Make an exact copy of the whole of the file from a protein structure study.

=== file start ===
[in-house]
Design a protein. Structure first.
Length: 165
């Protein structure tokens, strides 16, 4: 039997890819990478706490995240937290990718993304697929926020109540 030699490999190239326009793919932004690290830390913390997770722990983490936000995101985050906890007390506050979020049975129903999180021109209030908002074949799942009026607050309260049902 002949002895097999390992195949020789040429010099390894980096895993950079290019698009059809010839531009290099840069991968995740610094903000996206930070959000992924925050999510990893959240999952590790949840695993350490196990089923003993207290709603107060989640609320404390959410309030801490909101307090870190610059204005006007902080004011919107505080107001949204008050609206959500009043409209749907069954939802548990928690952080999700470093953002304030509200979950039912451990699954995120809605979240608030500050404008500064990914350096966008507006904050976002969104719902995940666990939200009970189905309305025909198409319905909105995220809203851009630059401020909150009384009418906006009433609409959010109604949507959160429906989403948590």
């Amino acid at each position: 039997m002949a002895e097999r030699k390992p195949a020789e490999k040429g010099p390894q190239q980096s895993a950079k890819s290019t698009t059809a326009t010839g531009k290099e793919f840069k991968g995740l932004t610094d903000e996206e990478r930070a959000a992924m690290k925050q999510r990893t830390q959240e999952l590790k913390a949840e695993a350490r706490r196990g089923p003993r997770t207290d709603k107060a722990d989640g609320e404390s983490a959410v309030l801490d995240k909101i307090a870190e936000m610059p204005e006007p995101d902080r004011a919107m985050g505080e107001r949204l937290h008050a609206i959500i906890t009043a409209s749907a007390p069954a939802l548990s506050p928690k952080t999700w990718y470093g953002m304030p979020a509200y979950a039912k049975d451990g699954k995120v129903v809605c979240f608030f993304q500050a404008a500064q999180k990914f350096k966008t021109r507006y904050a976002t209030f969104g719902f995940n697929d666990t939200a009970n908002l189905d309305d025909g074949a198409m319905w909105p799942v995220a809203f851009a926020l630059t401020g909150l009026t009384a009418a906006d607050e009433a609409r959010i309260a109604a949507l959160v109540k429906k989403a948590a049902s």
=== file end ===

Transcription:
[in-house]
Design a protein. Structure first.
Length: 165
């Protein structure tokens, strides 16, 4: 039997890819990478706490995240937290990718993304697929926020109540 030699490999190239326009793919932004690290830390913390997770722990983490936000995101985050906890007390506050979020049975129903999180021109209030908002074949799942009026607050309260049902 002949002895097999390992195949020789040429010099390894980096895993950079290019698009059809010839531009290099840069991968995740610094903000996206930070959000992924925050999510990893959240999952590790949840695993350490196990089923003993207290709603107060989640609320404390959410309030801490909101307090870190610059204005006007902080004011919107505080107001949204008050609206959500009043409209749907069954939802548990928690952080999700470093953002304030509200979950039912451990699954995120809605979240608030500050404008500064990914350096966008507006904050976002969104719902995940666990939200009970189905309305025909198409319905909105995220809203851009630059401020909150009384009418906006009433609409959010109604949507959160429906989403948590």
């Amino acid at each position: 039997m002949a002895e097999r030699k390992p195949a020789e490999k040429g010099p390894q190239q980096s895993a950079k890819s290019t698009t059809a326009t010839g531009k290099e793919f840069k991968g995740l932004t610094d903000e996206e990478r930070a959000a992924m690290k925050q999510r990893t830390q959240e999952l590790k913390a949840e695993a350490r706490r196990g089923p003993r997770t207290d709603k107060a722990d989640g609320e404390s983490a959410v309030l801490d995240k909101i307090a870190e936000m610059p204005e006007p995101d902080r004011a919107m985050g505080e107001r949204l937290h008050a609206i959500i906890t009043a409209s749907a007390p069954a939802l548990s506050p928690k952080t999700w990718y470093g953002m304030p979020a509200y979950a039912k049975d451990g699954k995120v129903v809605c979240f608030f993304q500050a404008a500064q999180k990914f350096k966008t021109r507006y904050a976002t209030f969104g719902f995940n697929d666990t939200a009970n908002l189905d309305d025909g074949a198409m319905w909105p799942v995220a809203f851009a926020l630059t401020g909150l009026t009384a009418a906006d607050e009433a609409r959010i309260a109604a949507l959160v109540k429906k989403a948590a049902s």